Would you eat meat grown in a laboratory? It has the potential to end world hunger and is much better for the environment, but is it safe, ethical or even necessary?
The first 'test-tube' burger is due to be served up in October this year following the successful development of a process which involves abstracting a cow's stem cells and growing strips of meat which will then be transformed into what is being referred to as the 'Frankenburger.' However, as with many scientific developments the lab-grown meat has attracted extensive controversy despite developers' claims that it is the "future of food" and has the potential to end world hunger and prevent the environmental damage that current meat production creates.
Those in favour of the process say that it is 96% more environmentally friendly; has the ability to end world hunger due to the speed and cost-effectiveness of the method; is kinder to animals and would free up land for other uses.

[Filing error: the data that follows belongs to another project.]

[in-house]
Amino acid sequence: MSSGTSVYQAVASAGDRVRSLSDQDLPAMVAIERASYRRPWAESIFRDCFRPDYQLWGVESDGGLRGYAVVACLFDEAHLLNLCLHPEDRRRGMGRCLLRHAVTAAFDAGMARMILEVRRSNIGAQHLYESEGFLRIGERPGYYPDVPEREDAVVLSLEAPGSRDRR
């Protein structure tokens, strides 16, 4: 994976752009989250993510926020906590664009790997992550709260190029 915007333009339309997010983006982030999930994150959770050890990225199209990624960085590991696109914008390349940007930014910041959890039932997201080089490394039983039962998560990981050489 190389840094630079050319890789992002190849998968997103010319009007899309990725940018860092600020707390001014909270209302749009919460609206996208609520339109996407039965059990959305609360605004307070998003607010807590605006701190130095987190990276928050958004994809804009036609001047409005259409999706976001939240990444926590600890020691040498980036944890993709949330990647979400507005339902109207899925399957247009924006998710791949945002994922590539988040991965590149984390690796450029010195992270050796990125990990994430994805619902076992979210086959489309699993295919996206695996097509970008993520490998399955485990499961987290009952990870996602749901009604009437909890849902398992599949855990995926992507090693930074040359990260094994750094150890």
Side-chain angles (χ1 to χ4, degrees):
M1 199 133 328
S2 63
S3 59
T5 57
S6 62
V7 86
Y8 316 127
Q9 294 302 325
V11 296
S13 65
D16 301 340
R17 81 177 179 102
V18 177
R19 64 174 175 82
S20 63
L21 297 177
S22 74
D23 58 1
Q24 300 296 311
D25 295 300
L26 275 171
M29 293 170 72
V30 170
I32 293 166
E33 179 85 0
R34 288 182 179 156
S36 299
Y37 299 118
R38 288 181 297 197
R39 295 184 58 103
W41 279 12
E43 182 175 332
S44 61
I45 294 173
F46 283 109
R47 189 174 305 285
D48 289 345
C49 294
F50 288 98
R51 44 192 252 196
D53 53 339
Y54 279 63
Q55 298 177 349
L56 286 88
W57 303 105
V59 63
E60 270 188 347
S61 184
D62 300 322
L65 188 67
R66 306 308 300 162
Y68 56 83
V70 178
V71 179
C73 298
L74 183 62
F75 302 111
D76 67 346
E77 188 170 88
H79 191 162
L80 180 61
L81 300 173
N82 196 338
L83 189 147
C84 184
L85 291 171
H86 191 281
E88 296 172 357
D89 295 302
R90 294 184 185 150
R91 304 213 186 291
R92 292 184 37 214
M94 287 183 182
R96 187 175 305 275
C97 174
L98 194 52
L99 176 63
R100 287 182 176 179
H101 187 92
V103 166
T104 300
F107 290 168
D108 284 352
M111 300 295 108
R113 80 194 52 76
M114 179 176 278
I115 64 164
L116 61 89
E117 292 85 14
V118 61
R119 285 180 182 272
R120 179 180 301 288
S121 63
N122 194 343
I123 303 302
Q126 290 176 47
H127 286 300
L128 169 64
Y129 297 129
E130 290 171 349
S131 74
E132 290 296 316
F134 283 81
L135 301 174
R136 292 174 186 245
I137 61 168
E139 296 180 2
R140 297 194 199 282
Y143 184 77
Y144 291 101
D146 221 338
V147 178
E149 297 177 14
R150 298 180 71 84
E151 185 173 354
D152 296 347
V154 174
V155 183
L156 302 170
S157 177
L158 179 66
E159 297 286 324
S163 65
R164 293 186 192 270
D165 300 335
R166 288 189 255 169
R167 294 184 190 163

On the other hand, those who stand firmly against the new development question its safety; argue that it is not real meat and is not natural; are concerned for the job losses to meat farmers; and worry that scientists are messing too much with nature.
Although 'test-tube' meat remains in its early stages it does mark a ground-breaking discovery in food production and scientific innovation, whether it is safe, or indeed tasty is yet to be confirmed.
[Picture shows a strip of muscle tissue produced by the scientists at Maastricht University in the Netherlands where the process is being developed]